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Table of Contents   
EDITORIAL  
Year : 2020  |  Volume : 31  |  Issue : 6  |  Page : 829
COVID-19 vaccination, dentistry, and general public


Executive Editor, Indian Journal of Dental Research, Department of Oral and Maxillofacial Surgery, Balaji Dental and Craniofacial Hospital, 30, KB Dasan Road, Teynampet, Chennai, Tamil Nadu, India

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Date of Submission11-Feb-2021
Date of Acceptance12-Feb-2021
Date of Web Publication22-Mar-2021
 

How to cite this article:
Balaji S M. COVID-19 vaccination, dentistry, and general public. Indian J Dent Res 2020;31:829

How to cite this URL:
Balaji S M. COVID-19 vaccination, dentistry, and general public. Indian J Dent Res [serial online] 2020 [cited 2021 Apr 19];31:829. Available from: https://www.ijdr.in/text.asp?2020/31/6/829/311645


India has joined the leagues of nations that are mass vaccinating against the COVID-19.[1] As the first priority frontline workers namely medical professionals and healthcare workers are being systematically vaccinated. As a part of the Indian frontline health workers, dental surgeons across the country are also being vaccinated. The vaccination comes at a point when the Indian dentists are getting low footfalls even though the COVID-19 spread is being limited.[2]

The sceptical reaction by the Indian general public, including the medical fraternity regarding vaccination, has an important bearing.[1] India needs a healthcare workers and general public vaccination strategy for the promotion of COVID-19 vaccines that unites the urgency and commitment of government with innovative behavioural science and social marketing approaches to increase COVID-19 vaccine confidence and acceptance in diverse populations. The policymakers need to gain the trust of the public in the rigor of Indian vaccine trials and the integrity of the approval process. The literature identifies some essential workable strategies in the likes of being simple, easy-to-understand language, messaging that emphasises science and evidence-based endorsements by diverse and well-regarded celebrities and opinion leaders; and emphasis on facts and evidence over myths and disinformation.[3] Social media misinformation about COVID-19 vaccination needs to be curbed effectively on a war footing speed.[4],[5]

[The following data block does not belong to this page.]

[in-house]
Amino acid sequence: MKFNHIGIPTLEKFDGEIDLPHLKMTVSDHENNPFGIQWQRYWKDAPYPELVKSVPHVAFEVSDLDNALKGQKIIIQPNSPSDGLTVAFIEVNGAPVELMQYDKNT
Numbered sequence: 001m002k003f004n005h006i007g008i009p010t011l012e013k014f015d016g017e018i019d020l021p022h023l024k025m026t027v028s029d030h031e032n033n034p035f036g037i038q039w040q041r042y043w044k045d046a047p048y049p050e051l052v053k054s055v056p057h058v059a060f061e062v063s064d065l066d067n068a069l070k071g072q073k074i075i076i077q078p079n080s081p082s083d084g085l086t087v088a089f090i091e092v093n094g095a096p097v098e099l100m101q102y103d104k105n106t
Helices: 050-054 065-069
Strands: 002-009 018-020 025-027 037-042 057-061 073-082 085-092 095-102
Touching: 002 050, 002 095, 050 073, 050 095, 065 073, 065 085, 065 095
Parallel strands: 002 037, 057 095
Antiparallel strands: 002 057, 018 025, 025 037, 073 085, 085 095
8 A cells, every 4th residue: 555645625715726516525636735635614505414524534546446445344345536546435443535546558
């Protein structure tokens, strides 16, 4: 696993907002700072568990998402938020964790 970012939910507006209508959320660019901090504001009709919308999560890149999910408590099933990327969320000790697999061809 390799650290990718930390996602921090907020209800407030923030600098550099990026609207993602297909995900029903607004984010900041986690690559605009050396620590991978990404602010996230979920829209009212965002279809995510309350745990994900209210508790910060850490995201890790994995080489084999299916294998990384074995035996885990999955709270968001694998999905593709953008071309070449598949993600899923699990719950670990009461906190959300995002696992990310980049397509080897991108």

It is very apt that several entities have made the vaccine free and easily accessible, ensured that there are uniform and unrestricted access to hospital settings, use public endorsements from trusted leaders to increase uptake, provided priority access to people who sign up to get vaccinated before vaccines are widely available and worked sincerely to transform individual vaccination decisions into a public act.[3] The roll-out of a COVID-19 vaccine comes at a unique time in India. The number of cases and active cases are getting low with every passing day while there is no shortage or supply of vaccine constrained. In spite of this the need to adherence to nonpharmaceutical interventions, such as masking and social distancing, will be critical. To end the COVID-19 pandemic, it will be important to frame the vaccine as part of a comprehensive pandemic response versus the sole “savior” strategy that will result in a return to normal life immediately, which could lead people to take greater risks than they would should the prospect of an effective vaccine not exist. Previous lessons from highly active antiretroviral therapy for HIV patients have underlined the increased risk-taking behaviour when there is a proven drug available.[6] Hence, the ultimate potential for the COVID-19 vaccines to help halt the pandemic will be limited without comparable attention paid to traversing the behavioural “last mile” necessary to ensure vaccine acceptance and uptake. Several behaviourally informed strategies coupled with stressing the need to maintain social distancing and mask-wearing are necessary.



 
   References Top

1.
2.
3.
Volpp KG, Loewenstein G, Buttenheim AM. Behaviorally informed strategies for a national COVID-19 vaccine promotion program. JAMA 2021;325:125-6.  Back to cited text no. 3
    
4.
Kouzy R, Abi Jaoude J, Kraitem A, El Alam MB, Karam B, Adib E, et al. Coronavirus goes viral: Quantifying the COVID-19 misinformation epidemic on Twitter. Cureus 2020;12:e7255.  Back to cited text no. 4
    
5.
Cinelli M, Quattrociocchi W, Galeazzi A, Valensise CM, Brugnoli E, Schmidt AL, et al. The COVID-19 social media infodemic. Sci Rep 2020;10:16598.  Back to cited text no. 5
    
6.
Chen Y. Treatment-related optimistic beliefs and risk of HIV transmission: A review of recent findings (2009–2012) in an era of treatment as prevention. Curr HIV/AIDS Rep 2013;10:79-88.  Back to cited text no. 6
    

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Correspondence Address:
S M Balaji
Executive Editor, Indian Journal of Dental Research, Department of Oral and Maxillofacial Surgery, Balaji Dental and Craniofacial Hospital, 30, KB Dasan Road, Teynampet, Chennai, Tamil Nadu
India
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Source of Support: None, Conflict of Interest: None


DOI: 10.4103/ijdr.ijdr_136_21

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